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I'm developing a web app where users will have their own sub-domain to login to and use the application. I'm running wordpress for the main website to manage the public / front end. Our application is developed in zend framework. The zf project is currently in a subfolder on the main server.

I'd like to place the zend framework project onto another server (different IP) and keep it separate from the the wordpress front end site.

The zf application server will run nginx. I'm not sure how to setup a server to run strictly sub domains. Setting up the virtual hosts in the configuration file is no problem. To give the users But what about the main default configuration file? How would that be configured since the top level domain is technically another server (wordpress) on another IP?

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up vote 2 down vote accepted

you just dont setup the main domain as an nginx vhost on the subdomain server and leave the dns pointing at the old server.

you then setup vhosts for the subdomains (or catch all subdomains depending on your application) and point dns at your subdomain server

so i'm guessing dns will look something like this: A 123.456.789.123 A 123.456.789.123 A 123.456.789.124 A 123.456.789.124 etc ...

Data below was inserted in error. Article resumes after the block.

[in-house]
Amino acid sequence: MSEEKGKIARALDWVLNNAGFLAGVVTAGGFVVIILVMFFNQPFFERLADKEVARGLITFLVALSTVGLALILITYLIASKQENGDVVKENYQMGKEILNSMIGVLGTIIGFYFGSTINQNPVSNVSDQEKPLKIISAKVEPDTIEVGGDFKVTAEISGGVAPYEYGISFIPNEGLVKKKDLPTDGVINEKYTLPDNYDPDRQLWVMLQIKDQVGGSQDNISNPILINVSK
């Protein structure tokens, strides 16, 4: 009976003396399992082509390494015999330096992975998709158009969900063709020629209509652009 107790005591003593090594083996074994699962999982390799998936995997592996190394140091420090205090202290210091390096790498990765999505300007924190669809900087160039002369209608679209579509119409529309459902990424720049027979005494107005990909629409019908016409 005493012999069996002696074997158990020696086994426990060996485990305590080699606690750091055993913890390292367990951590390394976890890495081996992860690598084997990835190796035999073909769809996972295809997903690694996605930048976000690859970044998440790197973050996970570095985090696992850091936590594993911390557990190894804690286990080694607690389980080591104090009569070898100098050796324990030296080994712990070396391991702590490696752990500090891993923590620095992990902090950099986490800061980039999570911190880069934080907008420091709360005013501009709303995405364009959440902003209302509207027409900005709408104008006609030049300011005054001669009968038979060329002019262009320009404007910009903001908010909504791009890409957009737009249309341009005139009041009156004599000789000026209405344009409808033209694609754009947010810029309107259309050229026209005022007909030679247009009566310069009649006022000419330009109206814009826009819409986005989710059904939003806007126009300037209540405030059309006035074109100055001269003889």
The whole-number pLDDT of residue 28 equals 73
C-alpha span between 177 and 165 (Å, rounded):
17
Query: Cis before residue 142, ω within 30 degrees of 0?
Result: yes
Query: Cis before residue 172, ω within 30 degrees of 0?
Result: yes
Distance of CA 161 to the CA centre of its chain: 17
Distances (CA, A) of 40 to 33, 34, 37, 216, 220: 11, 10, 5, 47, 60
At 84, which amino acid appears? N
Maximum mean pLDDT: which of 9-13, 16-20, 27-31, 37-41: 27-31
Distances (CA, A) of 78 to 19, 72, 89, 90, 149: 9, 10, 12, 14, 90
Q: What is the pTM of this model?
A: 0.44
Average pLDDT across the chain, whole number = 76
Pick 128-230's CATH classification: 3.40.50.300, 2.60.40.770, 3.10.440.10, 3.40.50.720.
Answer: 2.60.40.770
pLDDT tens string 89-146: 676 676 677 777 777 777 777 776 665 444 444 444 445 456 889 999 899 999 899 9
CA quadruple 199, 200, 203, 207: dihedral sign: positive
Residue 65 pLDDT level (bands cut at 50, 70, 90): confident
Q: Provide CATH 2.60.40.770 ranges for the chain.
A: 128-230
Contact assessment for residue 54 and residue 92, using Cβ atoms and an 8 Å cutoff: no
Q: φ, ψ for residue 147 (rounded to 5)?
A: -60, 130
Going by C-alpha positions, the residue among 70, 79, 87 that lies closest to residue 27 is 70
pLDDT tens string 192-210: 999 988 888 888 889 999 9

its that simple, the main default config file doesnt need to be edited, in fact you could remove it if you wanted (although i would suggest leaving it and setting its server name to localhost and as default so that any subdomains not listened to get a default page :)

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I thought I would need a default site enabled. Another question in regards to DNS. If I used a wildcard A record *, for sub domains that don't exist can I do a Redirect for 404's to a custom page rather than have them resolve to whatever they would possibly not sure. But rather than resolving send requests to a custom 404? – Anagio Nov 20 '11 at 9:23
as long as the wildcard vhost was last read config file or you did that as part of a generic default vhost that wont be an issue at all, because it will look for a match first before reverting to the default vhost - a default vhost is not required, but if its not specified you wont get consistent behaviour on non matching server names – anthonysomerset Nov 21 '11 at 8:36

If I understood your issue correctly, you can do it via DNS if you are going to have a few user base. Still having DNS changes for every user is cumbersome and involves time for propagation. If the user base is huge, then you can choose a format & then redirect the requests accordingly to the remote IP using a PHP script.

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Yes we'll have a large user base so new A records for every subdomain isn't really an option. I'm thinking of using a wildcard on my main domain and would like to catch 404s for subdomains that dont have a virtual host setup and redirect them. I prefer not redirect visitors and get them to their page the first time. – Anagio Nov 20 '11 at 9:26

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